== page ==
All that aside, the fact still remains that the average temperature of the global ocean is 3.9C and the ONLY way it could get that way is the average mixed layer temperature, and hence the average temperature of the air immediately above the ocean’s surface must also be 3.9C.

    Given average SST is about 16C today and appears to have been near that value for the past 12,000 years the average SST during the previous 100,000 years of glaciation must have been lower than 3.9C to make up for 12,000 years of being much higher than that.

    We’re basically living in a thin layer of warmth (interglacial SST) floating on a bucket of very cold water. This thin layer of warmth only lasts an average of 10,000 years followed by 100,000 years of a thin layer of frigid cold (glacial SST). The earth’s average temperature over both warm and cold epochs is 3.9C. If one loses sight of that fact one loses sight of the fact that the onset of the next glacial period is what we should be afraid of. Therefore as an engineer concerned with having adequate safety margins I know that 280ppm CO2 is not adequate to prevent the onset of glacial periods. What I’d really like to know is what level of CO2 in the atmosphere does give us enough safety margin to prevent the next glacial period. The start of the next glacial period is statistically overdue for arrival by about 2000 years.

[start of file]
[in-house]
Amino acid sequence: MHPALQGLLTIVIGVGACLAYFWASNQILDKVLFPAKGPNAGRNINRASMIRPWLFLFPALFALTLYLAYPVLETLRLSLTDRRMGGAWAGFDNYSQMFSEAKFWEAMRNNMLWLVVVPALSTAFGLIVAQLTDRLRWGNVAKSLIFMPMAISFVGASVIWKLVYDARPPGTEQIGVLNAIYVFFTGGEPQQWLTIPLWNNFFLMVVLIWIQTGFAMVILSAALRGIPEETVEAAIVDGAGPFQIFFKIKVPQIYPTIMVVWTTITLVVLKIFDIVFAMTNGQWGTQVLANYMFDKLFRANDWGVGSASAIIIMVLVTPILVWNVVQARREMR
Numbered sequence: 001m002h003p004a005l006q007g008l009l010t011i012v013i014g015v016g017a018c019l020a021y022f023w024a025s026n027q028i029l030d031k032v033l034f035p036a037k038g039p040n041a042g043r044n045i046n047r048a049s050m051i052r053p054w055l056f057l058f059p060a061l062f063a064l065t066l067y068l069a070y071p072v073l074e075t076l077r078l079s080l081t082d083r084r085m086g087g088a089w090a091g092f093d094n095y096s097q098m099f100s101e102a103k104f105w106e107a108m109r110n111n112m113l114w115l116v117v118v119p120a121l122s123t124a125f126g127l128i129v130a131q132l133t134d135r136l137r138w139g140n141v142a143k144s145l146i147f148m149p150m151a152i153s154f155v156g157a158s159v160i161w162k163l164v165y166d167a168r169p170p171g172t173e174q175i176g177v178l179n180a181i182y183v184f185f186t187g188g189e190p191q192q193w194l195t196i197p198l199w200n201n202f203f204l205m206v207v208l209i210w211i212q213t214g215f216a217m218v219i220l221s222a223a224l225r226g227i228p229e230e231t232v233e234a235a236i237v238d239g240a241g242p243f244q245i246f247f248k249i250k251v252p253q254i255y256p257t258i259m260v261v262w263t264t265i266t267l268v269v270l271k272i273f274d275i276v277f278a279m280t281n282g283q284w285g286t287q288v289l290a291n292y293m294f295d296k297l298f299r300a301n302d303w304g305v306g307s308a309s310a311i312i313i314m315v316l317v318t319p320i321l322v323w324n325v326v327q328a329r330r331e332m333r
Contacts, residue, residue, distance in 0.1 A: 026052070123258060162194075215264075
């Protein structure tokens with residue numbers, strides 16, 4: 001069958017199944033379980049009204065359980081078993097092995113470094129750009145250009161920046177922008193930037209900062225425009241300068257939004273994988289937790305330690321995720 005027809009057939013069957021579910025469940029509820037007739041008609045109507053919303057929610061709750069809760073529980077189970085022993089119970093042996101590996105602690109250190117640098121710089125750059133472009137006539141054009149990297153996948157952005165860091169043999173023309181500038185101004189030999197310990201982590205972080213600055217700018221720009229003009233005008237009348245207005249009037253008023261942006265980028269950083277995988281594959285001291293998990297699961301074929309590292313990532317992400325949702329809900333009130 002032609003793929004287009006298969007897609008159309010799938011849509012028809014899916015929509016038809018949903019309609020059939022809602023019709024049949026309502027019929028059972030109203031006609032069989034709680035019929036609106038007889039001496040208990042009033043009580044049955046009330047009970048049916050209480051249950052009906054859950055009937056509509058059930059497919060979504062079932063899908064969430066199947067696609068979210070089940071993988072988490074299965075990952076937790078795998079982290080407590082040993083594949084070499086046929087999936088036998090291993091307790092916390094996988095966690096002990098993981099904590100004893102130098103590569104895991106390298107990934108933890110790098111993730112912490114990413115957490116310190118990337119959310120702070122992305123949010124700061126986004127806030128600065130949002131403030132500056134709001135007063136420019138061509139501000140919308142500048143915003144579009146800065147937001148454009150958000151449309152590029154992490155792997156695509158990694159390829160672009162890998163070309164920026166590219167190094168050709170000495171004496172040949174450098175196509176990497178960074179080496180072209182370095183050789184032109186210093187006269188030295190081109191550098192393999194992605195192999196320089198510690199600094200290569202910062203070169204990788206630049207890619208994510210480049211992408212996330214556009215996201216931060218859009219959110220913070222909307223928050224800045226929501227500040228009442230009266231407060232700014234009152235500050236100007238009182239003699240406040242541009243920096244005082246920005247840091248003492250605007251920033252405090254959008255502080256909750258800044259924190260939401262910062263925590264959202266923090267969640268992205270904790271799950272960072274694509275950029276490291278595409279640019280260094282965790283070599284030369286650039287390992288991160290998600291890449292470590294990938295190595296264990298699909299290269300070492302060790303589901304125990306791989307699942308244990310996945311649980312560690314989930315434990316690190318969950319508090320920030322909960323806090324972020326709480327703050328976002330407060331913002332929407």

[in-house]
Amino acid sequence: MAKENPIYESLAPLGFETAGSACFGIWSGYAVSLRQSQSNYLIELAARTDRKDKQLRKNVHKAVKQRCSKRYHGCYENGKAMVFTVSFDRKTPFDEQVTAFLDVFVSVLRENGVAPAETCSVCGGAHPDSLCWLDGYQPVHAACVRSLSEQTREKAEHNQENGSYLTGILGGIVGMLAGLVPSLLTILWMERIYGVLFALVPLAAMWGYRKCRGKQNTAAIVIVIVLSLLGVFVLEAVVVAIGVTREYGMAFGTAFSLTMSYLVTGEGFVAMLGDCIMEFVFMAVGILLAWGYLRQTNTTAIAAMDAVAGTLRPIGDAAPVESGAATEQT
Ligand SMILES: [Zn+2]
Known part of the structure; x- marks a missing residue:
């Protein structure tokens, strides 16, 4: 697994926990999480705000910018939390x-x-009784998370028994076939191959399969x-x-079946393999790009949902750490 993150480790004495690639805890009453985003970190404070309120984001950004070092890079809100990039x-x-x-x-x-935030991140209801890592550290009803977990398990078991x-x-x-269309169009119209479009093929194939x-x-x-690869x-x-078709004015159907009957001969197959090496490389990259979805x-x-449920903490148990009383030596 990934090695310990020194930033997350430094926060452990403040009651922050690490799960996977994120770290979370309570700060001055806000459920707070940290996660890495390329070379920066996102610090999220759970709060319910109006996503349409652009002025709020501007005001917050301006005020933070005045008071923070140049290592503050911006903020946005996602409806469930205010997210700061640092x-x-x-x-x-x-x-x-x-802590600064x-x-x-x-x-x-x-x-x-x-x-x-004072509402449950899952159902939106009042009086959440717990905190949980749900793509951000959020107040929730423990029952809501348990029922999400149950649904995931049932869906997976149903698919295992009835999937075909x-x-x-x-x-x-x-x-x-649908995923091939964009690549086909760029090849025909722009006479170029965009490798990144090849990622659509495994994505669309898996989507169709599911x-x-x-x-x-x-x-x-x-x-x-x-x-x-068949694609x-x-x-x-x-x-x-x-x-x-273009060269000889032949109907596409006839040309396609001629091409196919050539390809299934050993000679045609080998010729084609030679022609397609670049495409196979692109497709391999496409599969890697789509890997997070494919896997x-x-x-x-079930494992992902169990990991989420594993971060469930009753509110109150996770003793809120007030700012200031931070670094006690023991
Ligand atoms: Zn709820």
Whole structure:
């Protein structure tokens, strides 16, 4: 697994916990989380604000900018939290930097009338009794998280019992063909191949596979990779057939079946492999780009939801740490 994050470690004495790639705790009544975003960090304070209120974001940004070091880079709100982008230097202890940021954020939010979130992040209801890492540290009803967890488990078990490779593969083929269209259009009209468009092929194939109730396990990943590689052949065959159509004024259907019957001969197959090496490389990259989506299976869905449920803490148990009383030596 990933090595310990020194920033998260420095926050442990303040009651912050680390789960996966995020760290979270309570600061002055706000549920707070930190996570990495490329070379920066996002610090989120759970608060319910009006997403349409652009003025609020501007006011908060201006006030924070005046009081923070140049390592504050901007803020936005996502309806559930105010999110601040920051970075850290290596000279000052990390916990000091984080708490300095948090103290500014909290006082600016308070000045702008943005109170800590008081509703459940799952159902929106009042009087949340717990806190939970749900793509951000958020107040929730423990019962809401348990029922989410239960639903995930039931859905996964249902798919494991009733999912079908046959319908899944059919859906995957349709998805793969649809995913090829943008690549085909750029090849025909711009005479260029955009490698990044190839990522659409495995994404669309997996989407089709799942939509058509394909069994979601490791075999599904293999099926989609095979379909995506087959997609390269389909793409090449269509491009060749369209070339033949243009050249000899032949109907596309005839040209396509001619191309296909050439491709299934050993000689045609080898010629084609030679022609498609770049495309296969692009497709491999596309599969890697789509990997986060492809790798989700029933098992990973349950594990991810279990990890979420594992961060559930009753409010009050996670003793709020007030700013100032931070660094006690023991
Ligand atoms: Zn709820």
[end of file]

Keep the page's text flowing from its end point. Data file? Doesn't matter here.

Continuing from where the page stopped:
Milankovitch lineup of minimum axial tilt coinciding with perihelion in middle of northern hemisphere winter (axial precession and orbital precession have different periods) has not yet peaked in favor of glacial advance and won’t peak for a few thousand years yet. Given that glacial advance historically begins well in advance of optimal orbital parameters I must presume that once you start getting within several thousands years of the optimum there’s a “perfect storm” of other climate altering events that kicks it off. Consider a perfect storm of being something like a major climate cooling volcanic eruption (Pinutabo on steroids, or perhaps some back-to-back eruptions) during a solar grand minimum. One can almost gurantee that such a perfect storm will happen over the course of a few thousand years and when it happens in sufficient temporal proximity to Milankovich glacial optimum the “BOO-YAH” the next 100,000 years of glaciation begins.

    This is what we should fear and the question we -should- be asking is not whether humans have added too much CO2 the atmosphere but rather whether it’s even practially possible to add enough CO2 to get a margin of safety to ride out that glaciation triggering perfect storm.